When you are first diagnosed with a chronic illness, you don’t know how much your life will change. No one can truly know what it is to be chronically ill until after they’ve been diagnosed. But, here are 5 things to keep in mind when you’ve just been diagnosed with a chronic illness.

Your mental health is important too

Maintaining your mental health shouldn’t be overlooked. Being diagnosed with an illness that doctors can’t cure tends to increase the risk of depression and anxiety because there is a lot of fear and uncertainty with one’s future.  

Having a mental health professional part of your care team needs to be considered just as important as your cardiologist. If you find that you are unable to visit a therapist there are many mental health professionals who will do home visits, connect through video chats or phone calls. There are also apps that will connect you to a licensed counselor or therapist through instant messaging as well.

Relationships will change

Your relationships with your employer, loved ones, and yourself will change and evolve.

Life with a chronic illness involves a series of ups and downs where some things will work and others won’t.

It’s hard being a good friend, employer, and partner when living with a chronic illness and many will just expect you to get better. And when they see that you aren’t they may resent you. You will see that some relationships will end and others will grow stronger.

Everyone will give you their advice

You may start to notice that everyone will try to offer you advice about living life with a chronic illness. People will give advice because most of them feel that a fix must exist. You may even find that some of their advice is actually great to go along with your treatment plan. But it’s important to be cautious of the advice that suggests a cure.

Educate yourself and everyone else

After being diagnosed with a chronic illness, it is normal to feel out of control which can be scary for many people. However, research is a great way to regain some of that control. Research can help you come up with questions to ask your physician and help you explain what your illness is to friends and family.

More often than not, some may feel ashamed to a certain degree about their illness and will keep to themselves when it comes to this subject matter which can be more harmful to themselves than they realize. By starting a public conversation with your friends and family will help you adjust to your life with chronic illness.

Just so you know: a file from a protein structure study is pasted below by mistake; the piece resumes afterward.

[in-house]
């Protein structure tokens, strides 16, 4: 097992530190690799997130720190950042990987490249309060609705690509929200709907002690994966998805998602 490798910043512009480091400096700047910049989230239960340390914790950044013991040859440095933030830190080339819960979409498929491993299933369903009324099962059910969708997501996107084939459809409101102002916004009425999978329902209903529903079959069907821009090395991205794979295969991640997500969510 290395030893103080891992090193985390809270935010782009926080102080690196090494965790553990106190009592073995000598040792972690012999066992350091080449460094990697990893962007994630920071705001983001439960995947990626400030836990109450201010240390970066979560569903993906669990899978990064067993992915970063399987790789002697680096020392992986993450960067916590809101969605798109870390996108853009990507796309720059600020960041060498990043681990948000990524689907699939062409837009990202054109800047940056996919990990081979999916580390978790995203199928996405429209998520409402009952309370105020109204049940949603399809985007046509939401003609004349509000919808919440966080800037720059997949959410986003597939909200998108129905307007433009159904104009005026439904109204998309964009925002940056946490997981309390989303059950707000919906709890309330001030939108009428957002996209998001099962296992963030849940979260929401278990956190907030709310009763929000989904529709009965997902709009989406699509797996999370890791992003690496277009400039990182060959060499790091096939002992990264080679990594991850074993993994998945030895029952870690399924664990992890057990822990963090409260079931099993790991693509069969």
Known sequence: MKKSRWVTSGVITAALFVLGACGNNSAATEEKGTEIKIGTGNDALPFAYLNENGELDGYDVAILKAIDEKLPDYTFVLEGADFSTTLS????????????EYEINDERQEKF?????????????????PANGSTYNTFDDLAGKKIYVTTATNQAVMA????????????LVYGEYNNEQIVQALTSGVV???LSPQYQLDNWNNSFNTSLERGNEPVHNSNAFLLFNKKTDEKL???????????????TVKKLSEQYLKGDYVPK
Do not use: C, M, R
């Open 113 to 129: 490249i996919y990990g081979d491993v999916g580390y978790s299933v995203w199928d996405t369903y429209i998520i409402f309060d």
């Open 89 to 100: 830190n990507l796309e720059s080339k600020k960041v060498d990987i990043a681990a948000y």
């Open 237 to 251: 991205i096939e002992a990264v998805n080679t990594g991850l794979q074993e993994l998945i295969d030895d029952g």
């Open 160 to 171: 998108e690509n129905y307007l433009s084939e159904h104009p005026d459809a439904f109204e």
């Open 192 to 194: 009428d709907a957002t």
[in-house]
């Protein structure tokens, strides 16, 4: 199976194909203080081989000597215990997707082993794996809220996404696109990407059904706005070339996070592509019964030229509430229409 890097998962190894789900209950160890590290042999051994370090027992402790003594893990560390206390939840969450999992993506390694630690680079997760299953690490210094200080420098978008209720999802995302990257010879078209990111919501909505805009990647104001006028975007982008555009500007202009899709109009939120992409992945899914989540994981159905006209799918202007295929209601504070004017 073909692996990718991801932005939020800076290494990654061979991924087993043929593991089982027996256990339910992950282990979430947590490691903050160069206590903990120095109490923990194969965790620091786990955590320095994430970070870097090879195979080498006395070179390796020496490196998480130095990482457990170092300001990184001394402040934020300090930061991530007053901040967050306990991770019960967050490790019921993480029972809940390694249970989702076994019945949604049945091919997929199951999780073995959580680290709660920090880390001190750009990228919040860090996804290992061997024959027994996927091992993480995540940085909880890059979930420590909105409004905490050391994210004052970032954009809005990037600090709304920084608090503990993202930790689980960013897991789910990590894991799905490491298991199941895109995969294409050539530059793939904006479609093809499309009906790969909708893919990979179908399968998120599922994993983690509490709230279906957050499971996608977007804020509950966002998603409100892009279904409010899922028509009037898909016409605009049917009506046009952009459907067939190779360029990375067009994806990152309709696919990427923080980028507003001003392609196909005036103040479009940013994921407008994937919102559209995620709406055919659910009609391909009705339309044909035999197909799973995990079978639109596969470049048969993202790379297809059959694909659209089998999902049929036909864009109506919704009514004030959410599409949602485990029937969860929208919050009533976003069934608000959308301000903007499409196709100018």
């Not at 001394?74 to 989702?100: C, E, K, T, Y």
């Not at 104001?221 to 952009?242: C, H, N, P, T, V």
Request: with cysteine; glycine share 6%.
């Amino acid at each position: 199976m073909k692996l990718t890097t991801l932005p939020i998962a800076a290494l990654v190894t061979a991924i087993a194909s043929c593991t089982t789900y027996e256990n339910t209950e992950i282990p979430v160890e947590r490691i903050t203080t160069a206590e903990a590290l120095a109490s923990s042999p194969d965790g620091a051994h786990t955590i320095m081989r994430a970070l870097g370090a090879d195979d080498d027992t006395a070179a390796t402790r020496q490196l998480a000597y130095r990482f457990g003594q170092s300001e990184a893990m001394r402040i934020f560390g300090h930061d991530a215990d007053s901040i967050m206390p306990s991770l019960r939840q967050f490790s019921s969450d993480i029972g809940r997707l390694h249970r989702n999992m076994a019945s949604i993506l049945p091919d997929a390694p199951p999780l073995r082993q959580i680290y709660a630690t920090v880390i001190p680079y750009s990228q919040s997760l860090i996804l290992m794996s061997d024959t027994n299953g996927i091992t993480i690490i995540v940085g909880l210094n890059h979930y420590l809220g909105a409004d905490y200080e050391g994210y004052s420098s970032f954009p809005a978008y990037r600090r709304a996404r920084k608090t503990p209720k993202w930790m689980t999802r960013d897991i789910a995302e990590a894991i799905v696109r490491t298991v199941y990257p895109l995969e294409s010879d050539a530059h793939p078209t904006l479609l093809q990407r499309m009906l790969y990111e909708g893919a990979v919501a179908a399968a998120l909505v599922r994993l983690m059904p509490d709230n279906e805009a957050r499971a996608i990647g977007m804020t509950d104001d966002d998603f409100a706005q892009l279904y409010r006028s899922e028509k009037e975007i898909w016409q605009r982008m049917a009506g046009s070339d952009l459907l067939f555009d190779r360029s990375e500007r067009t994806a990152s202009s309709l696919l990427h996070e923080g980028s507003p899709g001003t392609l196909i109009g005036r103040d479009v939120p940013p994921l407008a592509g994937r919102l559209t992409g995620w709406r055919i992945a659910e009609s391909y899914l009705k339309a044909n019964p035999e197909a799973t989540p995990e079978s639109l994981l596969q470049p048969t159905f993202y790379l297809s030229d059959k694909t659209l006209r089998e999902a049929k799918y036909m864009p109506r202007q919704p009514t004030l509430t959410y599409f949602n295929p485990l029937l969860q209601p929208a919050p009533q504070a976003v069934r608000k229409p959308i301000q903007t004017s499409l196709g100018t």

Having support is everything

Being diagnosed with an illness such as pulmonary fibrosis can be a lonely experience. Your loved ones will try their best to be supportive but no one will understand what you’re going through unless they are going through it themselves. Nowadays there are many support groups both online and offline.

The feeling of loneliness may not be eradicated overnight but over time you may start feeling more comfortable and supported. Many support groups will help connect you to resources gives you a safe place to ask questions and share your story without that feeling of shame.

The future is unpredictable. But it’s important not to let yourself feel overwhelmed. Live each day the best that you can and take it one step at a time and one day at a time.

Never disregard professional medical advice or delay in seeking it because of any information received from us.

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  • Linda
    Posted on November 5, 2020 at 8:30 pm

    I have IPF and feel very embarrassed about being on oxygen. I know I should not be, however I can’t figure out a way to get beyond feeling that way. I want to go out, but when I do I feel embarrassed. I always project a positive and determined outlook around others even though inside I don’t feel that way. My family and friends are supportive, it’s me. I guess I worry friends will tire of the extra bagge I have now and will eventually leave me behind. Any suggestions?


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